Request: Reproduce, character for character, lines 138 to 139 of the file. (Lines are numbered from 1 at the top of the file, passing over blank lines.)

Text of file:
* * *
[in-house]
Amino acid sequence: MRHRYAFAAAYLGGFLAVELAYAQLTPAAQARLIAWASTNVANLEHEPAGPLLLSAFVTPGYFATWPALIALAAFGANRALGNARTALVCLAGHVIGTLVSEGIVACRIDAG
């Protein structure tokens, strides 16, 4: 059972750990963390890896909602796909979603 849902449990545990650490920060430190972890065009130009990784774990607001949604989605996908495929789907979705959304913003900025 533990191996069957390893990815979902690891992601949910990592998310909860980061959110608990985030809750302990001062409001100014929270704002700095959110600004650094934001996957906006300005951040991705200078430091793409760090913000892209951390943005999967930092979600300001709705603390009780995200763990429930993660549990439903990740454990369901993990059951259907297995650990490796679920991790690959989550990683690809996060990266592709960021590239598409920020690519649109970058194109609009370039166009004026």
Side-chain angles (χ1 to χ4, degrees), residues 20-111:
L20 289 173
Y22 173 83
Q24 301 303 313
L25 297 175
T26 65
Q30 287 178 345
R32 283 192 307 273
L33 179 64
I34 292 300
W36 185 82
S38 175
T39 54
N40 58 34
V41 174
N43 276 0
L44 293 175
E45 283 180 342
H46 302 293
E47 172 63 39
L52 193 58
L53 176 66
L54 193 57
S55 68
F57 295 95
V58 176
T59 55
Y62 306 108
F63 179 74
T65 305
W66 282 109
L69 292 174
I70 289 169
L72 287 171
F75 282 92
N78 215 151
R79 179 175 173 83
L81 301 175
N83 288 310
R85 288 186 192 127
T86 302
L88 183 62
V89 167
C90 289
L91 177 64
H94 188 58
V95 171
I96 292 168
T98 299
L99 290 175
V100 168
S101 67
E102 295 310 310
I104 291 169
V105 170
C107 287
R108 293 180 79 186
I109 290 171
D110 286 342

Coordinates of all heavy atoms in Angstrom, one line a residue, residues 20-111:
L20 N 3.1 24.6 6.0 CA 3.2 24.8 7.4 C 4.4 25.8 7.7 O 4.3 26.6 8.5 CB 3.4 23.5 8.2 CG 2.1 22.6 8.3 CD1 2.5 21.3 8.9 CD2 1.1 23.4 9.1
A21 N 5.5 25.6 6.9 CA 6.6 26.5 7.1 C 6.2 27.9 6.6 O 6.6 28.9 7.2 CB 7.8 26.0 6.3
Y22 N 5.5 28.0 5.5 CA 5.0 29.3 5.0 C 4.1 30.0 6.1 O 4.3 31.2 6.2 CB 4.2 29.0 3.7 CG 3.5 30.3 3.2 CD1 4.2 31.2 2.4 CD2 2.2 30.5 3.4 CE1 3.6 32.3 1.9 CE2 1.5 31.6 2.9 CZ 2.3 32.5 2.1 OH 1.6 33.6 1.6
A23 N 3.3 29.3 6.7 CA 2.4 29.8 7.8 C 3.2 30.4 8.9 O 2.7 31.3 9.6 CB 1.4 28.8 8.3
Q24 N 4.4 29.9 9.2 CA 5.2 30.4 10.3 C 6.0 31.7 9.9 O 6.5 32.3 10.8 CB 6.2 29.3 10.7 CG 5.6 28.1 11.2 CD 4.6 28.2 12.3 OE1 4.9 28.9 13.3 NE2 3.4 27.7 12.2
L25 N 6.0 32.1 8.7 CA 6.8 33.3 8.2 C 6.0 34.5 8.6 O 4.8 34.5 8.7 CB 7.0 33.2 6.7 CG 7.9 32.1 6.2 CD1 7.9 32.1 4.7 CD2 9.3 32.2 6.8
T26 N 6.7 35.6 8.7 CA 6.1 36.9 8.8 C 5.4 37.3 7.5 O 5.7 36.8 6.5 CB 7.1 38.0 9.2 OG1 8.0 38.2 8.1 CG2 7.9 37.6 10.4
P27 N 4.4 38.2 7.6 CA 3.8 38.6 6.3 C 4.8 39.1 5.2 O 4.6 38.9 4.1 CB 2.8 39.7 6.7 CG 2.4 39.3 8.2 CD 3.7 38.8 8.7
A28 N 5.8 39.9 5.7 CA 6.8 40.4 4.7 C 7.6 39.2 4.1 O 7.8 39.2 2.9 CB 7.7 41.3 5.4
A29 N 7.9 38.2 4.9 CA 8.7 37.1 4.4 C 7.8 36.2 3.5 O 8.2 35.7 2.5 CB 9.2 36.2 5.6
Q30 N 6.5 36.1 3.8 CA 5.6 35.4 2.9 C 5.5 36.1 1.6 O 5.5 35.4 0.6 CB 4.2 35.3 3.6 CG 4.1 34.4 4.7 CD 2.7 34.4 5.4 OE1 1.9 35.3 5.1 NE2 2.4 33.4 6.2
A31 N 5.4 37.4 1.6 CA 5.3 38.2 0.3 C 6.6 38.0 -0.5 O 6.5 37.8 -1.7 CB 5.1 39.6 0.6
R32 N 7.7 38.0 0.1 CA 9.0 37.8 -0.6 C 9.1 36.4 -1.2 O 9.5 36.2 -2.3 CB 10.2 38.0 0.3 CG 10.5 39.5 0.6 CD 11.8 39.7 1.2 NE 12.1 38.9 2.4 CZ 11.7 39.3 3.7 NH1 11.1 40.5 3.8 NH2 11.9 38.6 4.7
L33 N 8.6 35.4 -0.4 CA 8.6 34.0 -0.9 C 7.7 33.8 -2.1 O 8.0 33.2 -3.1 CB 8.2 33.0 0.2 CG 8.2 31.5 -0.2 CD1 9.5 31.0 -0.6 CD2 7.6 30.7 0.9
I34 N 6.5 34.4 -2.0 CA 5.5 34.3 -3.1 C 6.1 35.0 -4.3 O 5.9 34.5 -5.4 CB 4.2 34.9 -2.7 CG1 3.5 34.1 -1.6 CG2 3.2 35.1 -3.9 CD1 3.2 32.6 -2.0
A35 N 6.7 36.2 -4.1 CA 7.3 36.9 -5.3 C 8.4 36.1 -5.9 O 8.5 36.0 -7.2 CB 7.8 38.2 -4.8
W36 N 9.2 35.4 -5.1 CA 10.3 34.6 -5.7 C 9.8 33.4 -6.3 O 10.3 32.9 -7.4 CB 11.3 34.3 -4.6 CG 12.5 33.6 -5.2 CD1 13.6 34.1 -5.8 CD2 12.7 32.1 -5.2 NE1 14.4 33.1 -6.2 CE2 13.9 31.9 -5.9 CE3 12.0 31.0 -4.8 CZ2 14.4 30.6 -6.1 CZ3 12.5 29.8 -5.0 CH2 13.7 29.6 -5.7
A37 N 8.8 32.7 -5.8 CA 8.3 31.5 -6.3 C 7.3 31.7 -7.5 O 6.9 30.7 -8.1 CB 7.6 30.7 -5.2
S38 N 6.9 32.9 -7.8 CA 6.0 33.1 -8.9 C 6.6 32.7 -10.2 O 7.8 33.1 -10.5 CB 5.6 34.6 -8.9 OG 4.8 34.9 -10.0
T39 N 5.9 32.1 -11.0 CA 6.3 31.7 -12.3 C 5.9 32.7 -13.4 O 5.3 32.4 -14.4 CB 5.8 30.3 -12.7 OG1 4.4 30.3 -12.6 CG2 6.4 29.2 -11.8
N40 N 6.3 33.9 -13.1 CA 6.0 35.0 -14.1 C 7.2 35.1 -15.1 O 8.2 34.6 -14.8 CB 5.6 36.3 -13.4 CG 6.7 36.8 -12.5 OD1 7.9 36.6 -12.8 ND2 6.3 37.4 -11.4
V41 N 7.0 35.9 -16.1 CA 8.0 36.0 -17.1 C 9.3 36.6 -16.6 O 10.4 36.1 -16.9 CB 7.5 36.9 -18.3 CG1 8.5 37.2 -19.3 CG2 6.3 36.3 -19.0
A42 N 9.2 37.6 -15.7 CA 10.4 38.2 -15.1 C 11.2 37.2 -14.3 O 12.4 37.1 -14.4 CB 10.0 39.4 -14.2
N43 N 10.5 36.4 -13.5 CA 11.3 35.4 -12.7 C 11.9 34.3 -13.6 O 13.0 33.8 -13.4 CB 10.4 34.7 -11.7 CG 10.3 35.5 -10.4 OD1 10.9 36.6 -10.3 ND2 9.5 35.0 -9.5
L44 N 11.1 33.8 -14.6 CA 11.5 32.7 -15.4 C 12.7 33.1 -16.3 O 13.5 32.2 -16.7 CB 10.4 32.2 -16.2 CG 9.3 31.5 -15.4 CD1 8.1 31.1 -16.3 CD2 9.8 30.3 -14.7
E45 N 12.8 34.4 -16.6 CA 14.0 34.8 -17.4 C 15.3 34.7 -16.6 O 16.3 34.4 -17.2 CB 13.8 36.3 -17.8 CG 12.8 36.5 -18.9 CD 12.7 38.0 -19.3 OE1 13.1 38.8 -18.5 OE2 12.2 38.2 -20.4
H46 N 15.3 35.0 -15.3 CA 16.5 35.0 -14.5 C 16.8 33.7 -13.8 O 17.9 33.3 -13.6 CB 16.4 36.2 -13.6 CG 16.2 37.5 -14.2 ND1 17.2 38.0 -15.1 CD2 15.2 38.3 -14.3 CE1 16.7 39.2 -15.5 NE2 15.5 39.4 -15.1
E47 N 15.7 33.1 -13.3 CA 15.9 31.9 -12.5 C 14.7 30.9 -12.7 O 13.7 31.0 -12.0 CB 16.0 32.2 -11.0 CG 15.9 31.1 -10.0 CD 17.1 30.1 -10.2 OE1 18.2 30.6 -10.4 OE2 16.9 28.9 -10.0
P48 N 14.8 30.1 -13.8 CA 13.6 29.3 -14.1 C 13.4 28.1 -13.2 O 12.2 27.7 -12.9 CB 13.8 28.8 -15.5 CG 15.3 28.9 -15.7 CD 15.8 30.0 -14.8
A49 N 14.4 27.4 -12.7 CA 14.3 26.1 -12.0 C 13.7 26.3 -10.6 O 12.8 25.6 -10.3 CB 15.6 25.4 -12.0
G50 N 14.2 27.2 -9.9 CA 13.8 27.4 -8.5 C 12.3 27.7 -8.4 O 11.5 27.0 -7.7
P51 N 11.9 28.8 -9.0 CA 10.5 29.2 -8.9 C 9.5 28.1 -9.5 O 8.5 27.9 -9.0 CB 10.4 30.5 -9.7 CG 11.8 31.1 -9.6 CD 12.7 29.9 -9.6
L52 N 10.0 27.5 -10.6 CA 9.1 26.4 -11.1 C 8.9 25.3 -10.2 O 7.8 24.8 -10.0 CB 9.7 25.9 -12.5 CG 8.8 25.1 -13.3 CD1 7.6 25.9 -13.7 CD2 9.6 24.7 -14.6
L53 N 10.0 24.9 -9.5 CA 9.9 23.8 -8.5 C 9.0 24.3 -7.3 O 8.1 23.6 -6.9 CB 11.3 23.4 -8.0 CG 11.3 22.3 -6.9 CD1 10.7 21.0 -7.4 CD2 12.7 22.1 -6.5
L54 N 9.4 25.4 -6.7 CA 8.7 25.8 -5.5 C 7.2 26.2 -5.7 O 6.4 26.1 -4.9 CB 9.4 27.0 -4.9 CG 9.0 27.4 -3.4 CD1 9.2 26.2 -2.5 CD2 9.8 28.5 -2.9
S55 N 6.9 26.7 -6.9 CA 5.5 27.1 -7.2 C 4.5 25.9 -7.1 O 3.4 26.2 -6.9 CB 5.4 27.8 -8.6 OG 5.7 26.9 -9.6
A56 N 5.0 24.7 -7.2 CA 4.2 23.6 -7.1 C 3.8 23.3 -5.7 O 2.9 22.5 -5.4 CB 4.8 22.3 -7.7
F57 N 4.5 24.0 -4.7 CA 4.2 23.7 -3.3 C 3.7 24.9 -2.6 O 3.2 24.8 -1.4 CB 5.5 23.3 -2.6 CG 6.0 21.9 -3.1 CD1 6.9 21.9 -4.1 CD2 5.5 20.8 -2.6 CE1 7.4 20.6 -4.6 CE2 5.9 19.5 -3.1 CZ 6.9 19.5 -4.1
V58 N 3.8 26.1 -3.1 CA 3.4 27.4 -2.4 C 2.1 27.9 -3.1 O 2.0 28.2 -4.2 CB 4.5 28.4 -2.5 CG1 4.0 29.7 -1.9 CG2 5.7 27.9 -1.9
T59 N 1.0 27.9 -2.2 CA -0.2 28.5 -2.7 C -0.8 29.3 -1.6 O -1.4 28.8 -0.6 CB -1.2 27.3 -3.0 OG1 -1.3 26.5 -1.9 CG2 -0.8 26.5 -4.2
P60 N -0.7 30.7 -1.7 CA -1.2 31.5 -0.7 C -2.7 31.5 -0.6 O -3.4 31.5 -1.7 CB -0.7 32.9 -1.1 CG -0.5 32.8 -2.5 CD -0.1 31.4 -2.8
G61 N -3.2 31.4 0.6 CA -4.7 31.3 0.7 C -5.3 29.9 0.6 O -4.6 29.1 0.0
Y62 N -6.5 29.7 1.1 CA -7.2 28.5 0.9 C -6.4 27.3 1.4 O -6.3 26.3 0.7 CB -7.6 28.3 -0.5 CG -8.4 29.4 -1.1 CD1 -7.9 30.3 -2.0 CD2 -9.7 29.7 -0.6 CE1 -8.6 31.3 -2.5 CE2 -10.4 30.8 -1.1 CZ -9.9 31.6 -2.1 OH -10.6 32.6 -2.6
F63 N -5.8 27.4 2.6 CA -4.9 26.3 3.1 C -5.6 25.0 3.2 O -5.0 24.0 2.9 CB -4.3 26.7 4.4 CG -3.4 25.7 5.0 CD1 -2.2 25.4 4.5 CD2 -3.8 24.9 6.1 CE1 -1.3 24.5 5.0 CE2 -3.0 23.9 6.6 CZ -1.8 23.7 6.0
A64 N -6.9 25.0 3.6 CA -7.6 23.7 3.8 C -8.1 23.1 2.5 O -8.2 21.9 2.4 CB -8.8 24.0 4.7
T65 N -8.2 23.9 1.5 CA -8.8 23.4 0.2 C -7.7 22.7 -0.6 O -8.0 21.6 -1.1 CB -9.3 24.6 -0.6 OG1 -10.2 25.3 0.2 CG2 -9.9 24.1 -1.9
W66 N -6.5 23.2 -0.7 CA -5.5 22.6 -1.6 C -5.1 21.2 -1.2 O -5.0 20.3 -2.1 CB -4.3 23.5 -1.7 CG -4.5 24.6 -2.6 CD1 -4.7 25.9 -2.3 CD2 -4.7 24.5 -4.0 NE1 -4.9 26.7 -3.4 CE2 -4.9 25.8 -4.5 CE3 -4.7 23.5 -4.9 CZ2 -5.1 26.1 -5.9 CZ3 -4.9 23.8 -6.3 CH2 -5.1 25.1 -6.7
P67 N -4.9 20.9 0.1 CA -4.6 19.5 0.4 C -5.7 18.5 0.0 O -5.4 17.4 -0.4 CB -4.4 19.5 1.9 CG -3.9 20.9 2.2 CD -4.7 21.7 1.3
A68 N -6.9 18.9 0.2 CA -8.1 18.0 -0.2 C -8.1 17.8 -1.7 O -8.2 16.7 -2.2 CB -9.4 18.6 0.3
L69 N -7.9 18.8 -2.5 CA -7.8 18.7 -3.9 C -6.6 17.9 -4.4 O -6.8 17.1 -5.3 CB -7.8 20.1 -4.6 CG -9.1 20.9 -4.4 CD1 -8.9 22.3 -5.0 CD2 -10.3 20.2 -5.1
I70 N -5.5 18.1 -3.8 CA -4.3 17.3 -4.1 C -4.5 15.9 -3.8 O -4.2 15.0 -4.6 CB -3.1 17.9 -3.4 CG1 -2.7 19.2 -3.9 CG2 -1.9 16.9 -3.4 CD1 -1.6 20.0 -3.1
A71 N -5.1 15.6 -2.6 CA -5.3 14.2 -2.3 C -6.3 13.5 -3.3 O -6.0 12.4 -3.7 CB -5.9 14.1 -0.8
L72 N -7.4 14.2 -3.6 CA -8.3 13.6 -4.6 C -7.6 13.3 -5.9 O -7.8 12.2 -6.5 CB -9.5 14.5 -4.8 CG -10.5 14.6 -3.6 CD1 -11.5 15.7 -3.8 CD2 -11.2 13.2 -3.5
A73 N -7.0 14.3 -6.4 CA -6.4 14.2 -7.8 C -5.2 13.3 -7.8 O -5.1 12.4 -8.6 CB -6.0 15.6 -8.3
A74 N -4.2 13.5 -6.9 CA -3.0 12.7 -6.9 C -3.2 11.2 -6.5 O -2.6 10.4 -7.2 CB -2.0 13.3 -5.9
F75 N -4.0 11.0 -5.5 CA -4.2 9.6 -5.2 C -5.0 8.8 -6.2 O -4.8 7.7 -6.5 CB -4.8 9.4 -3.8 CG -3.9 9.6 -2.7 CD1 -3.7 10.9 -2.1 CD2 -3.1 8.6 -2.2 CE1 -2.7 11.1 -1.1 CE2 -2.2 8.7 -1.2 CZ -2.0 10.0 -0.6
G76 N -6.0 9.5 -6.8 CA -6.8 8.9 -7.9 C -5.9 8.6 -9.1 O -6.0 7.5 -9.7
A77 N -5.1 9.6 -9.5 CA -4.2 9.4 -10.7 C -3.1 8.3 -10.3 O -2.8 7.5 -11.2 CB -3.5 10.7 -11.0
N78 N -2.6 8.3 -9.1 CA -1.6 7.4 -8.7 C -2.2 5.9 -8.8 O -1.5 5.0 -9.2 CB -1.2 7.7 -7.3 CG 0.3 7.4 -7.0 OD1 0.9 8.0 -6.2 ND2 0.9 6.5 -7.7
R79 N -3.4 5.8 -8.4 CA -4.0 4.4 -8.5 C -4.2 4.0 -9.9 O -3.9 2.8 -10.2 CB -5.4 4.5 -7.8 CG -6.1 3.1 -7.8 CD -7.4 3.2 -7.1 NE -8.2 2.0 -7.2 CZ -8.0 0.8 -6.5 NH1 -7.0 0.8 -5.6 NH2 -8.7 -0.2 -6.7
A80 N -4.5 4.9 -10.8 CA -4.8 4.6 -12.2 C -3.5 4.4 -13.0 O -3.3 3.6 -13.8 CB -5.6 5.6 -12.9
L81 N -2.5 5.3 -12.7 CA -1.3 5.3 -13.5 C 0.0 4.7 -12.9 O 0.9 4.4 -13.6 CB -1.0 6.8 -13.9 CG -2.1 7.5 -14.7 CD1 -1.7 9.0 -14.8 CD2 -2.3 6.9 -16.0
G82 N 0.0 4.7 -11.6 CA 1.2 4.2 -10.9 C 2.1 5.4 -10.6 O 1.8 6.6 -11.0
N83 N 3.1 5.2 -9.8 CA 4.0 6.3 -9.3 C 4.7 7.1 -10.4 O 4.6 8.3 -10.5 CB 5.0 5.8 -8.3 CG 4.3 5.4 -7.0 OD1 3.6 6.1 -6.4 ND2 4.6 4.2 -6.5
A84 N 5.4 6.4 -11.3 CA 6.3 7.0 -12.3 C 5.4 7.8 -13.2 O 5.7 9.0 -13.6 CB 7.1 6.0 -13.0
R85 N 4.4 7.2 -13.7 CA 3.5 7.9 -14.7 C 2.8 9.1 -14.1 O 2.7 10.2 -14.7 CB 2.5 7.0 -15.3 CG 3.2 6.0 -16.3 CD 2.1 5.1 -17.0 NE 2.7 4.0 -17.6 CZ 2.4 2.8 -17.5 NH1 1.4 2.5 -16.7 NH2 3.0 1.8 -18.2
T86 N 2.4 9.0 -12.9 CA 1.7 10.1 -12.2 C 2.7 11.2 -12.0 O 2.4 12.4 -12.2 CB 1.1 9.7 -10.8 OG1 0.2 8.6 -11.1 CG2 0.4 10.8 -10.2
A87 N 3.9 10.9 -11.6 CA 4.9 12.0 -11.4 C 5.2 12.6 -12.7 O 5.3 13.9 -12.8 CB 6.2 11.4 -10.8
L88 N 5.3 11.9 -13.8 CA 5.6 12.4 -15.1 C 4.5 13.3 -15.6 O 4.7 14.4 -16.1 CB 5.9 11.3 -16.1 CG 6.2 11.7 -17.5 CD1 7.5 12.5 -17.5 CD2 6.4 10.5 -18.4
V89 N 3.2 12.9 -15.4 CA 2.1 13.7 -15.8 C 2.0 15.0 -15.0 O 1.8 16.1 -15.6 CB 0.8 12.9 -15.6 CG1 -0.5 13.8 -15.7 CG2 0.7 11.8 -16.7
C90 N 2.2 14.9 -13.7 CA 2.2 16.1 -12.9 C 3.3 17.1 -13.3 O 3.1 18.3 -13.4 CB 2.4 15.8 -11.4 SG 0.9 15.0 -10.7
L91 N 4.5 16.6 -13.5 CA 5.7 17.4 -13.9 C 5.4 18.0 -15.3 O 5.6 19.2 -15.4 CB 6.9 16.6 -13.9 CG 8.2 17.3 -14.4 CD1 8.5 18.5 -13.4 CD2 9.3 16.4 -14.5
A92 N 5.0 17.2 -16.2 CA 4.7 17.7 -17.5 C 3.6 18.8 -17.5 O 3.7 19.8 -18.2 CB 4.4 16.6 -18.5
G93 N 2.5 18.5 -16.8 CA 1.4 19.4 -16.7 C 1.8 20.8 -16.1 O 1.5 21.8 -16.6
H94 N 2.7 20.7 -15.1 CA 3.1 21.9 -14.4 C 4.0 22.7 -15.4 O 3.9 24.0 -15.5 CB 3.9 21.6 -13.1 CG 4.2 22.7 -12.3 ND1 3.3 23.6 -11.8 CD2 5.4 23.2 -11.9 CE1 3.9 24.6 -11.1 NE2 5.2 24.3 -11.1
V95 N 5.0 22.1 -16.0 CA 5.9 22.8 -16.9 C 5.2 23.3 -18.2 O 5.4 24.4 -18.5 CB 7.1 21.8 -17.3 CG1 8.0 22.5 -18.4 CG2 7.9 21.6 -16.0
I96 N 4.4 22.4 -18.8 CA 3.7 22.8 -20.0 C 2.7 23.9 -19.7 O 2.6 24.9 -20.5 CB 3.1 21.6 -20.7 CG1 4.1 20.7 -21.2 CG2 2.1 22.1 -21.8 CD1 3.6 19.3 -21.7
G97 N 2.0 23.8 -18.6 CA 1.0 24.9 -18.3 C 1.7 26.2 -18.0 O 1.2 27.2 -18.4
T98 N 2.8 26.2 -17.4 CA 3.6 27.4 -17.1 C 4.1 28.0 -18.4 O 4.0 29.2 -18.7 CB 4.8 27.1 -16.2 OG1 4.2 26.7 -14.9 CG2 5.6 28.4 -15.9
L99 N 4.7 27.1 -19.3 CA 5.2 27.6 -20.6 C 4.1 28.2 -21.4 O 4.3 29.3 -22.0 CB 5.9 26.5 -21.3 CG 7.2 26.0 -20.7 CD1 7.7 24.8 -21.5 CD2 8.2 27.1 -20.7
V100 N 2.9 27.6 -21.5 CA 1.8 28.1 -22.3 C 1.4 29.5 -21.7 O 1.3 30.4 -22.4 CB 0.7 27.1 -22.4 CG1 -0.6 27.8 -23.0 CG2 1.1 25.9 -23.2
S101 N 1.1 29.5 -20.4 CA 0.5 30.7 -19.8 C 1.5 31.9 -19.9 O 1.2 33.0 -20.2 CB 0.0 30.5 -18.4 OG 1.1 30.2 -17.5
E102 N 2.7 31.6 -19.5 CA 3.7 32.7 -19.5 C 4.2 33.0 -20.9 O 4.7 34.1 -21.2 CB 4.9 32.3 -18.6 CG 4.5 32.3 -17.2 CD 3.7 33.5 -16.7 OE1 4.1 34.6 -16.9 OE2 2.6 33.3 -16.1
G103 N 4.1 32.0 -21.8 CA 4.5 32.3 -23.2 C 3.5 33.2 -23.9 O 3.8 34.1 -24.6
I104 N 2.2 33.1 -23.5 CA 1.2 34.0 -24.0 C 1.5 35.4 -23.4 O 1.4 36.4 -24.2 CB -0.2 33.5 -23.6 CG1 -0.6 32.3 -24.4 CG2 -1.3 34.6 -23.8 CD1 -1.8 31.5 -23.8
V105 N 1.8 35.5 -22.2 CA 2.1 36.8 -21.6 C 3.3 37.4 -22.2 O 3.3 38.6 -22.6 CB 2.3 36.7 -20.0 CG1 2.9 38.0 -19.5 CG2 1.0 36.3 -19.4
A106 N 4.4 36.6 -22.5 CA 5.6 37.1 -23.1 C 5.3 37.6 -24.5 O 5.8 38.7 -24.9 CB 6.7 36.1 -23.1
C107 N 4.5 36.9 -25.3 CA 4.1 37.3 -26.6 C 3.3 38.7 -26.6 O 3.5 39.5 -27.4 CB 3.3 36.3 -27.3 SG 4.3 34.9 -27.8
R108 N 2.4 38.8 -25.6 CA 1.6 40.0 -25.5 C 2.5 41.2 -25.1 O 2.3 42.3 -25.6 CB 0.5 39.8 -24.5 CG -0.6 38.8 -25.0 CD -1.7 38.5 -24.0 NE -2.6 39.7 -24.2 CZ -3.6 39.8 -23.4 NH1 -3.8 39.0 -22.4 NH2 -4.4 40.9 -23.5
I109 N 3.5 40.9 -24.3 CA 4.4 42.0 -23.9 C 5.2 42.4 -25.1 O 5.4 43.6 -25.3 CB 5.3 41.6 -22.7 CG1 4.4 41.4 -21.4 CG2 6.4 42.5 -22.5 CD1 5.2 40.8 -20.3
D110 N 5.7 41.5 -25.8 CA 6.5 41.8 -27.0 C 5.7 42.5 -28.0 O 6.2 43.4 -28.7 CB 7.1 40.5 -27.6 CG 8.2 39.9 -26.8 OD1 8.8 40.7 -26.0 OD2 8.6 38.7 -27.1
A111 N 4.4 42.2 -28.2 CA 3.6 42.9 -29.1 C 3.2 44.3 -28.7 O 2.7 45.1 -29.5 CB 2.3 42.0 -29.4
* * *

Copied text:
H94 N 2.7 20.7 -15.1 CA 3.1 21.9 -14.4 C 4.0 22.7 -15.4 O 3.9 24.0 -15.5 CB 3.9 21.6 -13.1 CG 4.2 22.7 -12.3 ND1 3.3 23.6 -11.8 CD2 5.4 23.2 -11.9 CE1 3.9 24.6 -11.1 NE2 5.2 24.3 -11.1
V95 N 5.0 22.1 -16.0 CA 5.9 22.8 -16.9 C 5.2 23.3 -18.2 O 5.4 24.4 -18.5 CB 7.1 21.8 -17.3 CG1 8.0 22.5 -18.4 CG2 7.9 21.6 -16.0